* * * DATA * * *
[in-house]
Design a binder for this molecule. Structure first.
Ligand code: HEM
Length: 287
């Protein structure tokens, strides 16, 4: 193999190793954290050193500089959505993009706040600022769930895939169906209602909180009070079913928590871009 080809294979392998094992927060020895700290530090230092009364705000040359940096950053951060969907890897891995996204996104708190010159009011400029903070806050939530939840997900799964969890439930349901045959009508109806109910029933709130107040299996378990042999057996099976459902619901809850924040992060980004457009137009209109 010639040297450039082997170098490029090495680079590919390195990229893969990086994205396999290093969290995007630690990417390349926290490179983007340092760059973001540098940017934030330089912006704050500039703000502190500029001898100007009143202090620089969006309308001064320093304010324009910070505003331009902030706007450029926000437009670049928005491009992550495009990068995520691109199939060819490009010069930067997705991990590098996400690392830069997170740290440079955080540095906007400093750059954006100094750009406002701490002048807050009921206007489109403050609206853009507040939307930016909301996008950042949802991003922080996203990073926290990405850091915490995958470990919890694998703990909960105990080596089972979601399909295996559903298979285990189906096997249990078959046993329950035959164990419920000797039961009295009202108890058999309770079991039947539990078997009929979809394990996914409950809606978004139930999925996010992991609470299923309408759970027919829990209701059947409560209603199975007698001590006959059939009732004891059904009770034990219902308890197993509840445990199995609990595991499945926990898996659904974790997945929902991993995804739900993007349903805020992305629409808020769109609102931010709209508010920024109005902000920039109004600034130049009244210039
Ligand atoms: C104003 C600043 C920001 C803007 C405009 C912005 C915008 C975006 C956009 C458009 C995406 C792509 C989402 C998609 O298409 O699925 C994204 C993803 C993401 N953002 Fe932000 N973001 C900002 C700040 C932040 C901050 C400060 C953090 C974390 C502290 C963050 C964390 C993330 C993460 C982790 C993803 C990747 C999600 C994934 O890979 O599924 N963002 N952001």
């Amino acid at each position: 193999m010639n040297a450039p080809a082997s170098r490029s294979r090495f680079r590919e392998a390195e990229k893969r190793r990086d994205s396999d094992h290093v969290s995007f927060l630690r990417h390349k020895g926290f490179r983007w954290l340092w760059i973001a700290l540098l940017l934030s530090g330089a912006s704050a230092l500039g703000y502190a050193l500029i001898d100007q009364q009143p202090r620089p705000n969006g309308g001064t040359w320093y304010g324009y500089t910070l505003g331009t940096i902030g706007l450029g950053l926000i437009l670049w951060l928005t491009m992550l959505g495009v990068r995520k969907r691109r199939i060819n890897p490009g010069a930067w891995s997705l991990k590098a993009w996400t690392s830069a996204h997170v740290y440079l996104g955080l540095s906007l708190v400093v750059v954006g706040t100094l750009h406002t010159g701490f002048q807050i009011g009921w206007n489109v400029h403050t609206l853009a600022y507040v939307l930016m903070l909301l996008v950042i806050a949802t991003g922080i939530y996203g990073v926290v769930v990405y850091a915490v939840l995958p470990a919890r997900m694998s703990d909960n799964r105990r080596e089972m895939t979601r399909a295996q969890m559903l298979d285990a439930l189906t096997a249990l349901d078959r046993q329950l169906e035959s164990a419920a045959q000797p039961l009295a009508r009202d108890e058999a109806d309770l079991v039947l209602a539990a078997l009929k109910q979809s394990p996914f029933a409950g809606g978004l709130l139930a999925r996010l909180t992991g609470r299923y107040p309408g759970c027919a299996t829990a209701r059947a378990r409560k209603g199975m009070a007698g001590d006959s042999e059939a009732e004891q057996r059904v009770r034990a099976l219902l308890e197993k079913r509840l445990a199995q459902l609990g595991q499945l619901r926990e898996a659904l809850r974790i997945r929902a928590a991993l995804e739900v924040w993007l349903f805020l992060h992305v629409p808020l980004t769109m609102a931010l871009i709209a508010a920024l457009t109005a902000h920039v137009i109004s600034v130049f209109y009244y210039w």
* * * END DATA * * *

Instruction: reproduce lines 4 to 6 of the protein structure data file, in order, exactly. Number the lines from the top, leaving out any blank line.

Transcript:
Length: 287
């Protein structure tokens, strides 16, 4: 193999190793954290050193500089959505993009706040600022769930895939169906209602909180009070079913928590871009 080809294979392998094992927060020895700290530090230092009364705000040359940096950053951060969907890897891995996204996104708190010159009011400029903070806050939530939840997900799964969890439930349901045959009508109806109910029933709130107040299996378990042999057996099976459902619901809850924040992060980004457009137009209109 010639040297450039082997170098490029090495680079590919390195990229893969990086994205396999290093969290995007630690990417390349926290490179983007340092760059973001540098940017934030330089912006704050500039703000502190500029001898100007009143202090620089969006309308001064320093304010324009910070505003331009902030706007450029926000437009670049928005491009992550495009990068995520691109199939060819490009010069930067997705991990590098996400690392830069997170740290440079955080540095906007400093750059954006100094750009406002701490002048807050009921206007489109403050609206853009507040939307930016909301996008950042949802991003922080996203990073926290990405850091915490995958470990919890694998703990909960105990080596089972979601399909295996559903298979285990189906096997249990078959046993329950035959164990419920000797039961009295009202108890058999309770079991039947539990078997009929979809394990996914409950809606978004139930999925996010992991609470299923309408759970027919829990209701059947409560209603199975007698001590006959059939009732004891059904009770034990219902308890197993509840445990199995609990595991499945926990898996659904974790997945929902991993995804739900993007349903805020992305629409808020769109609102931010709209508010920024109005902000920039109004600034130049009244210039
Ligand atoms: C104003 C600043 C920001 C803007 C405009 C912005 C915008 C975006 C956009 C458009 C995406 C792509 C989402 C998609 O298409 O699925 C994204 C993803 C993401 N953002 Fe932000 N973001 C900002 C700040 C932040 C901050 C400060 C953090 C974390 C502290 C963050 C964390 C993330 C993460 C982790 C993803 C990747 C999600 C994934 O890979 O599924 N963002 N952001």